Is There a Correlation between Law Professor Publication Counts, Law Review Citation Counts, and Teaching Evaluations? An Empirical Study
Benjamin H. Barton
University of Tennessee College of Law
November 1, 2009
Journal of Empirical Legal Studies, Vol. 5, September 2008
1st Annual Conference on Empirical Legal Studies Paper
University of Tennessee Legal Studies Research Paper No. 81
This empirical study attempts to answer an age-old debate in legal academia: whether scholarly productivity helps or hurts teaching. The study is of an unprecedented size and scope. It covers every tenured or tenure-track faculty member at 19 American law schools, a total of 623 professors. The study gathers four years of teaching evaluation data (calendar years 2000-03) and correlates these data against five different measures of research productivity/scholarly influence.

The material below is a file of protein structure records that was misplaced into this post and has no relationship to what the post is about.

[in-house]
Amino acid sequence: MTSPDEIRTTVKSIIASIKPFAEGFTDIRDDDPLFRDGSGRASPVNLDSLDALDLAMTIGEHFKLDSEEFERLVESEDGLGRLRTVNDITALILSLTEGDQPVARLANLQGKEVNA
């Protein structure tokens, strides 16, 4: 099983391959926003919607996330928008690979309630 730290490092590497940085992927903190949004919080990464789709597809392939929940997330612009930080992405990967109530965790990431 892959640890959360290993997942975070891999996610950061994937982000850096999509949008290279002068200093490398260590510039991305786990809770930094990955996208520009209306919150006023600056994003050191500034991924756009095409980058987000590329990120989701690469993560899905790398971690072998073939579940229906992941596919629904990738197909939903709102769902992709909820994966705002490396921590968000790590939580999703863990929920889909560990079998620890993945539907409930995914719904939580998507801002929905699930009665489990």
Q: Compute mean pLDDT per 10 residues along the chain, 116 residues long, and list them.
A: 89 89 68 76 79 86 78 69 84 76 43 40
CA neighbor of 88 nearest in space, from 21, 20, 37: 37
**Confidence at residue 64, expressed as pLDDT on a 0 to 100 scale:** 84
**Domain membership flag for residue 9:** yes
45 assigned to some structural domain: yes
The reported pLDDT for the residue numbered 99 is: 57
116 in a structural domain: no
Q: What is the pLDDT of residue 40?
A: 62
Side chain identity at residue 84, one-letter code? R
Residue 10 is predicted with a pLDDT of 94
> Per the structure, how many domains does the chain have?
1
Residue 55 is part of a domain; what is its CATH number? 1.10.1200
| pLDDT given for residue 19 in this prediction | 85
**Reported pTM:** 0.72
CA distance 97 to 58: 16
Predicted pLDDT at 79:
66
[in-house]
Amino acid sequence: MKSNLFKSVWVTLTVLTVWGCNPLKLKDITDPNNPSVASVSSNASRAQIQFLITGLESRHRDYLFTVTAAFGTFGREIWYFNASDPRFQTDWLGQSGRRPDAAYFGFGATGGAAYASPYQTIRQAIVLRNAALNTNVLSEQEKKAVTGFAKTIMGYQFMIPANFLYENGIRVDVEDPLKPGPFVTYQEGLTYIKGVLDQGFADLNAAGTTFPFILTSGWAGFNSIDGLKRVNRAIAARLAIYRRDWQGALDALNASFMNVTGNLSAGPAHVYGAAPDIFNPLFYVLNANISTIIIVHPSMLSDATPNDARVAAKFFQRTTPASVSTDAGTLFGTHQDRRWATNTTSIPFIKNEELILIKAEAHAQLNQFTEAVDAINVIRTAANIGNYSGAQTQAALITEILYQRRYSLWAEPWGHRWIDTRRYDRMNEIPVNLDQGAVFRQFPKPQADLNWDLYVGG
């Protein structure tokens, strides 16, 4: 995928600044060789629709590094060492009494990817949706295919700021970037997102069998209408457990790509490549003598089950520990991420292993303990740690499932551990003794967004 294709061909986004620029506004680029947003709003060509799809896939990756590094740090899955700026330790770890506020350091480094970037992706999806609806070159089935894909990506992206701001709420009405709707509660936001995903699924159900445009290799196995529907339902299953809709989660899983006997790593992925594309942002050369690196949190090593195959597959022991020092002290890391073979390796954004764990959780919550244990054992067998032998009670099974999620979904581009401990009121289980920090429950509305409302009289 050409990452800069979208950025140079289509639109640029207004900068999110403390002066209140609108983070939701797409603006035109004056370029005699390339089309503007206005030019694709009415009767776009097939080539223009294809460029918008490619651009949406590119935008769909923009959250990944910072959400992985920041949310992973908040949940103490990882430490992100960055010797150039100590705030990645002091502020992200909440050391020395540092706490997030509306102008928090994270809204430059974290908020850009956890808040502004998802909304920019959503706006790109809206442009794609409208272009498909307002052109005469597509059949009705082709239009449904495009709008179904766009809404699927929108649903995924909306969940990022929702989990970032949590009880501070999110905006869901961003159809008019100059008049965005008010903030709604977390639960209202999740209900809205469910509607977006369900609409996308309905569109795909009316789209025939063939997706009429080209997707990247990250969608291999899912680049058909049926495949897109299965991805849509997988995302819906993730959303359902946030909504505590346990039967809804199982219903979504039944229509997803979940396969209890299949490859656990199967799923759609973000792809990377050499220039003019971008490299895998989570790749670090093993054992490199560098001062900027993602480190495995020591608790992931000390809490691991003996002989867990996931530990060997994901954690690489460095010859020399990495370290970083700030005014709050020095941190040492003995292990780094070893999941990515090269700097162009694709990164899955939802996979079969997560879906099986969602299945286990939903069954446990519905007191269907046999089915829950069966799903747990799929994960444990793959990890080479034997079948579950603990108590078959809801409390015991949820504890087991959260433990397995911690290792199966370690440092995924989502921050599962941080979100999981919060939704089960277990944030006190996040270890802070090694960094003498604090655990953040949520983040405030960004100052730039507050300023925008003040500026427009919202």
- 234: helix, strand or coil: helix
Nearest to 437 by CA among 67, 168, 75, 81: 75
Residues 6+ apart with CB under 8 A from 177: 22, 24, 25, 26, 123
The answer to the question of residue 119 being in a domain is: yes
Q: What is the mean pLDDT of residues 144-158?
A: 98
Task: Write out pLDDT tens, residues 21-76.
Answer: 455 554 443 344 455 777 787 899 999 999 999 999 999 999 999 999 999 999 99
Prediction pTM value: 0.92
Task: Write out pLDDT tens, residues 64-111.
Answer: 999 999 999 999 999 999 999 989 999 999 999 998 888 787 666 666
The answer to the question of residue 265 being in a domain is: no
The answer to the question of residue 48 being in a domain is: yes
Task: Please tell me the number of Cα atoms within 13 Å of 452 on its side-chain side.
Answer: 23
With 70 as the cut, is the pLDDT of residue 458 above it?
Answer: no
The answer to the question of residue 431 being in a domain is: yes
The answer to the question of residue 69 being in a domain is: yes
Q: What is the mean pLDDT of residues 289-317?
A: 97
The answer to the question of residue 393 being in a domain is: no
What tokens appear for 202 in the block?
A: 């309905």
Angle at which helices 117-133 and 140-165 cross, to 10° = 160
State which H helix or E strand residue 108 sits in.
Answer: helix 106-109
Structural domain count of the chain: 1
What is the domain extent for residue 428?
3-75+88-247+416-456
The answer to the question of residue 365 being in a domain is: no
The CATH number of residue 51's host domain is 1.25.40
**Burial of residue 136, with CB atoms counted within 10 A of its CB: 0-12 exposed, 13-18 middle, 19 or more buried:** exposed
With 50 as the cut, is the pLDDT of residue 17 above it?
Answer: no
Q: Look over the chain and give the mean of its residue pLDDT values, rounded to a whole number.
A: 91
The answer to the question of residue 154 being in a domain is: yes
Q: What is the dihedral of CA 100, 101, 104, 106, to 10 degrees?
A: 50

The results are counter-intuitive: there is either no correlation or a slight positive correlation between teaching effectiveness and any of the five measures of research productivity. Given the breadth of the study, this finding is quite robust. These findings are sure to spark heated debates among law faculties and likely require some soul-searching about the interaction between the two most important functions of American law schools.
Number of Pages in PDF File: 24
Keywords: Legal education, scholarship, teaching
JEL Classification: Z10
Date posted: July 1, 2006 ; Last revised: December 8, 2012
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